We held regular development conferences where we devised a mechatronic subsystem solution in which the complex kinematics are mastered by the decentralized controls located right at the drive. This combination of centralized and distributed control reduces the system’s complexity. The IndraMotion MTX, incorporating a CNC system, controls the main axes for the machine whereas the punch head kinematics are controlled by an MLD regulator, located on the drive side and close to where things happen, i.e. in the servo drive. The superordinate IndraMotion MTX sends the setpoint values to the drive-based controls in hard real time. In this way we attained the computing speed required for the desired stroke frequency.

This enabled faster responses, made it possible to correct positions to compensate for temperature fluctuations, and in the marking mode permitted up to 2,500 strokes per minute using the setpoint value generator internal to the drive. Also included was velocity adaptation to make for quiet punching. When rotating the tool the critical question was: How exact is positioning? Here the intrinsic stiffness of the motors proved to be a challenge.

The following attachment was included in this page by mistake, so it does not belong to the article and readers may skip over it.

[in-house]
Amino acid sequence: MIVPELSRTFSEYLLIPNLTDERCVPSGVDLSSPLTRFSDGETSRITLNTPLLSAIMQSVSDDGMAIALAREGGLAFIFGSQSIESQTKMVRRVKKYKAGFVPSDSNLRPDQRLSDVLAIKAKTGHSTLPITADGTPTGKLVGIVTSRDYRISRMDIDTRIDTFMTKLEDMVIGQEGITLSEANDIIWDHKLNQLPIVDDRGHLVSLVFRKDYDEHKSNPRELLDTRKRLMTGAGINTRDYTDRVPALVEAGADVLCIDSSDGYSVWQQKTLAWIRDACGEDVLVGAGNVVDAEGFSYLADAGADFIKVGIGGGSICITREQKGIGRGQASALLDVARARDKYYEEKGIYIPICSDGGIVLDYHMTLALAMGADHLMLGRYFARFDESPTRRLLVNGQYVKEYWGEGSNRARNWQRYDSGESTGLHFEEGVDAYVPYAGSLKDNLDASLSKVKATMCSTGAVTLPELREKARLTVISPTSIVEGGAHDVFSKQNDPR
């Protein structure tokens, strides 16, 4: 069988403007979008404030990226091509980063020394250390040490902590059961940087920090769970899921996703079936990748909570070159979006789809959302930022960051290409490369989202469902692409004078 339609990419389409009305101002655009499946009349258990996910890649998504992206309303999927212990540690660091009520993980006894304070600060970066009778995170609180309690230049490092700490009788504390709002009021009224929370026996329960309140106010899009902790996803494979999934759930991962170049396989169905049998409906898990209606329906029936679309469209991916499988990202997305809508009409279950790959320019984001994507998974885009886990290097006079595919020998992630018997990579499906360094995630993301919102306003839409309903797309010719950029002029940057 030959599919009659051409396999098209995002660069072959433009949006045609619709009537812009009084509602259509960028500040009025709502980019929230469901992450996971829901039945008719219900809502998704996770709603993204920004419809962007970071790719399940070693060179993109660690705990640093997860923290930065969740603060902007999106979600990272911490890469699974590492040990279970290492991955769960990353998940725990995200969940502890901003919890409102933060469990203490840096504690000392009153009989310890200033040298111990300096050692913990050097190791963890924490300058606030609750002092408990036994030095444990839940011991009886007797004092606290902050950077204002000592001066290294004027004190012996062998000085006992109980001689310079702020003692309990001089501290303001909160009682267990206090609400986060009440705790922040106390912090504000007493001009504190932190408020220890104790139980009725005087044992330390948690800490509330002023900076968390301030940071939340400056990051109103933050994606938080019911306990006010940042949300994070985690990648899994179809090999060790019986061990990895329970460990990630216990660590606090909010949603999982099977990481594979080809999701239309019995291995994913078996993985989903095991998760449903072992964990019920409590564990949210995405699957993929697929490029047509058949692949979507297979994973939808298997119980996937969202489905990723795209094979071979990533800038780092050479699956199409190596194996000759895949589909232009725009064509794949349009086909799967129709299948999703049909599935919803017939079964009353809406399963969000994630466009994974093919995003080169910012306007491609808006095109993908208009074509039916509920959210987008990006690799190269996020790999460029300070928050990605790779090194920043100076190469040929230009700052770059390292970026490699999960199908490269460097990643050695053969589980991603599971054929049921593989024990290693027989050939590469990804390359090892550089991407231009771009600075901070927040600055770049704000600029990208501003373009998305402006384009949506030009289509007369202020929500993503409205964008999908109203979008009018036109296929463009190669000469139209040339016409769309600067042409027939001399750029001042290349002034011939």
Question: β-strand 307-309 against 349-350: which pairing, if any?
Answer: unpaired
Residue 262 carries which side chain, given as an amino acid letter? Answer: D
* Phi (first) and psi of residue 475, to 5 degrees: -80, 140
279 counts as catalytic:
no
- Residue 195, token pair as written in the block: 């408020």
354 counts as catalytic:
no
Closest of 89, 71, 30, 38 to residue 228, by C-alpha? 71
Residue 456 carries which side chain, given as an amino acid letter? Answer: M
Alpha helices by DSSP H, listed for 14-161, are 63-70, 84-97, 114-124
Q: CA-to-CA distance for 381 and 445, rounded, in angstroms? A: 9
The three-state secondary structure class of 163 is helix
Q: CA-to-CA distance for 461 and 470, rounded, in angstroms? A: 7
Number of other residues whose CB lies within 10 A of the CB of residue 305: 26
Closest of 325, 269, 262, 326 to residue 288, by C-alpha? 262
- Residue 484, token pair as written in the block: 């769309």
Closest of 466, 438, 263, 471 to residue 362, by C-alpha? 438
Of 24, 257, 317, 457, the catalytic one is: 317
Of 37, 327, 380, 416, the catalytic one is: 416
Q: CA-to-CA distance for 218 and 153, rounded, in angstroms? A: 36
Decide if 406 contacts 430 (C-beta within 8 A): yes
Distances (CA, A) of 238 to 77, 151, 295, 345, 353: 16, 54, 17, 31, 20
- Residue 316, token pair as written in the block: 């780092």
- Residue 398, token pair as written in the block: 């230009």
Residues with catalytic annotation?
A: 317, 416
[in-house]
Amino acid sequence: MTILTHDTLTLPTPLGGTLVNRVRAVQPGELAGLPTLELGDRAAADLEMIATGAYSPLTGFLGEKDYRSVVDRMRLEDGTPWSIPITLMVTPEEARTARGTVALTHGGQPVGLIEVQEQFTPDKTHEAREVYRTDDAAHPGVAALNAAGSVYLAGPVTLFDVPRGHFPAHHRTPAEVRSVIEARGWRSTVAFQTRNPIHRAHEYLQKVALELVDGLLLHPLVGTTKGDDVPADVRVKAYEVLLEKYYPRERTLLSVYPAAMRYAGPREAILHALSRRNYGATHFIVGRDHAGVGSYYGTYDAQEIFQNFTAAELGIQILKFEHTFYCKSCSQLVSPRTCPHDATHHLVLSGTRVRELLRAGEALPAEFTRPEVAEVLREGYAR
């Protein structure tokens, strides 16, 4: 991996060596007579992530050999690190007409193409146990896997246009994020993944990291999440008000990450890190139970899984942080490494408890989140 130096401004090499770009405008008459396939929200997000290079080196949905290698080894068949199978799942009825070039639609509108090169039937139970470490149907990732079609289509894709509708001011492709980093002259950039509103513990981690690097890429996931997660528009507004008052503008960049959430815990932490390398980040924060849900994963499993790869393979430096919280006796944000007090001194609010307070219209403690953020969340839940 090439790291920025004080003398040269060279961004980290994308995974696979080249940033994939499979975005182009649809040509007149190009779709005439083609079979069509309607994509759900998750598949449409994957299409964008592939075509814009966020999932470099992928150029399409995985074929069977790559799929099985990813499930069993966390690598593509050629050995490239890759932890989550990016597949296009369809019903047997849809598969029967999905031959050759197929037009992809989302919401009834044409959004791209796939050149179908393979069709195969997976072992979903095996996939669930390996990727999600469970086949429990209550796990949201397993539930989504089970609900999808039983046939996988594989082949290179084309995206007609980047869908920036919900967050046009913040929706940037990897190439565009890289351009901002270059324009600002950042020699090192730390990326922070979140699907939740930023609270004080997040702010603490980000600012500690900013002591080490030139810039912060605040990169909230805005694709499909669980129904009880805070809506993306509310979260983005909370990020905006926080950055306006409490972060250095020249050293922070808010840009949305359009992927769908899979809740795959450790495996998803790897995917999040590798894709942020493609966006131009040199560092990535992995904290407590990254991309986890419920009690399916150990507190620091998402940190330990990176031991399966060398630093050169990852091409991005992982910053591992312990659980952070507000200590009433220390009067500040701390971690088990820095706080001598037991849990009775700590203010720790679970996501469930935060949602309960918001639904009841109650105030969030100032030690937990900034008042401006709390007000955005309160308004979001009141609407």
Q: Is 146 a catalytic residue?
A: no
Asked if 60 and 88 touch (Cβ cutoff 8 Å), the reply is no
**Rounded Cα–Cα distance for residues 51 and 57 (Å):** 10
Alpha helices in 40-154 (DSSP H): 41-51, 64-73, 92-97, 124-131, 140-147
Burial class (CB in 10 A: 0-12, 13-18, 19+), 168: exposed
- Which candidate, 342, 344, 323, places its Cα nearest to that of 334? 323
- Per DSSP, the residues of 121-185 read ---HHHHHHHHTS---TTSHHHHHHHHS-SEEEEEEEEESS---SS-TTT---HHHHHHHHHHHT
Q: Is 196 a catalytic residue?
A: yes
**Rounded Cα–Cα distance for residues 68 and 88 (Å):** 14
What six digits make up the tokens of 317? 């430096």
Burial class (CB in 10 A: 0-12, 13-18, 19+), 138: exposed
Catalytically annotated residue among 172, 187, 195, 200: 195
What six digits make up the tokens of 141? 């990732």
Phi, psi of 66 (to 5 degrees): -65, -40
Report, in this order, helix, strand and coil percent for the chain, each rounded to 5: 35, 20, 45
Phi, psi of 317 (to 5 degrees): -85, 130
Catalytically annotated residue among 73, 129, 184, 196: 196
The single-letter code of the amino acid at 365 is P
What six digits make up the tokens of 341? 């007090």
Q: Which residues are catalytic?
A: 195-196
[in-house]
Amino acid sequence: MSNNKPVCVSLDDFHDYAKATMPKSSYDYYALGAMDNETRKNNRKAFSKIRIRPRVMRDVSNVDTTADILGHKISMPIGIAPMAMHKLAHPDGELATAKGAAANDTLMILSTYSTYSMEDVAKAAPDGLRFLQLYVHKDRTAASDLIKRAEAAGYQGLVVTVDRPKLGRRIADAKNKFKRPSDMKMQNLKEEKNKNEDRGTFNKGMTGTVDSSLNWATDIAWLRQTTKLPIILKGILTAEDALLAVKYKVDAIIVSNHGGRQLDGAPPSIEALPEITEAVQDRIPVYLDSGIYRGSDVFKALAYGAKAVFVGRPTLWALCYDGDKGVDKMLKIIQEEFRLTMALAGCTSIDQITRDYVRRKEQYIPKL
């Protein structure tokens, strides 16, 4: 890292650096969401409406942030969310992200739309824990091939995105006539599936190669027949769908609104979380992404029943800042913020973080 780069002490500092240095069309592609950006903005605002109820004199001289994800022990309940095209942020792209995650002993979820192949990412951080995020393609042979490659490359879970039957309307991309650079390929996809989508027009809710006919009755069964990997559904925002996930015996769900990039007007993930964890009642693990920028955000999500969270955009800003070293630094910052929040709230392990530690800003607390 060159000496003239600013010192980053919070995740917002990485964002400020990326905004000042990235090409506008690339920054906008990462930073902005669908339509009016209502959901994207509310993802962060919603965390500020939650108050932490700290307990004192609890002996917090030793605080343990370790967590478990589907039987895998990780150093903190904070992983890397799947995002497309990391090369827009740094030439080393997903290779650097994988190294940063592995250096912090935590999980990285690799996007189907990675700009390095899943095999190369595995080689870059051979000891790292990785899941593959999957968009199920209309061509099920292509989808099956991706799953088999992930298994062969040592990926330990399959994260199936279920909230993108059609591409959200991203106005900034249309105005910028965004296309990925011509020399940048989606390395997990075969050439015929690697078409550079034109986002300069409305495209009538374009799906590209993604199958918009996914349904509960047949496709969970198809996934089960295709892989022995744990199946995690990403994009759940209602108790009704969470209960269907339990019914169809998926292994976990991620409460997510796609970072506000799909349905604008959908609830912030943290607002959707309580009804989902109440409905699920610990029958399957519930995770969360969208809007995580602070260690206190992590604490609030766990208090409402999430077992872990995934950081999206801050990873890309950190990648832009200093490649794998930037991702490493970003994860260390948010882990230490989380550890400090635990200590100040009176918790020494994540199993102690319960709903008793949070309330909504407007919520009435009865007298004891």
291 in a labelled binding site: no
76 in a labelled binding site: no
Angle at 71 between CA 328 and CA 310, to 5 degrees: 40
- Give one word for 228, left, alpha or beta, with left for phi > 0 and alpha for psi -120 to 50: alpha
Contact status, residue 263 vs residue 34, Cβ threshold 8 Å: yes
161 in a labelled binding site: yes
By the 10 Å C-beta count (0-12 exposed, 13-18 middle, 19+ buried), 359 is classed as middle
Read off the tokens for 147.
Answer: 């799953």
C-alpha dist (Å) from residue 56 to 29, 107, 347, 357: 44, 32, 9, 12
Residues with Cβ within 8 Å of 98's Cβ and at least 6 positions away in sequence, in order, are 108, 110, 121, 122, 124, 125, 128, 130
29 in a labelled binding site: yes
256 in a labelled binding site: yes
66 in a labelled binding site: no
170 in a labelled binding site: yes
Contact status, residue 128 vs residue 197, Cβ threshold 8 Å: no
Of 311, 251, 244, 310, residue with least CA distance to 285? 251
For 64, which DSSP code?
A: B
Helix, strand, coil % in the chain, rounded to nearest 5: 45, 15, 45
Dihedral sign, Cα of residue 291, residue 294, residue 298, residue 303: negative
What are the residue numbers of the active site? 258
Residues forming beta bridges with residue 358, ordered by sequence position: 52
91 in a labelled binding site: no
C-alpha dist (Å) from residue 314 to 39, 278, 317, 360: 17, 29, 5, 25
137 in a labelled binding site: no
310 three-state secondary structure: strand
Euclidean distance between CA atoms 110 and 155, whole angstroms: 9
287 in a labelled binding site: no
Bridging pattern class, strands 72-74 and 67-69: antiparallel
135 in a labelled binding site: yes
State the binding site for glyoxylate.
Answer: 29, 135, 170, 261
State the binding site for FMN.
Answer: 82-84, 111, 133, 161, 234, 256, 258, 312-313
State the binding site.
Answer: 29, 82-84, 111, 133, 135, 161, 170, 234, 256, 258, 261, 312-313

The values placed in memory, describing stiffness during rotation using the ball-type linear drive, are usually not exactly identical. Given the facts that we drive two motors in combination and require great accuracy, we had to compensate for the divergent stiffness values by modifying the parameters in the controls. The IndraWorks engineering tool also makes available a uniform software tool that interfaces with the CNC, the Motion Logic System, and the drives. This simplifies programming and commissioning the machine.

Intelligent energy management

The second major topic in these development conferences was energy use.

  • Since punch presses automatically involve high motor speeds during the acceleration and deceleration phases, the voltage in the intermediate circuit voltage has to be high.
  • The intermediate circuit voltage should not be dependent on line voltage at any given moment; it has to be regulated.
  • To reduce the load on the line, we need to avoid continuous feed from and return to the line.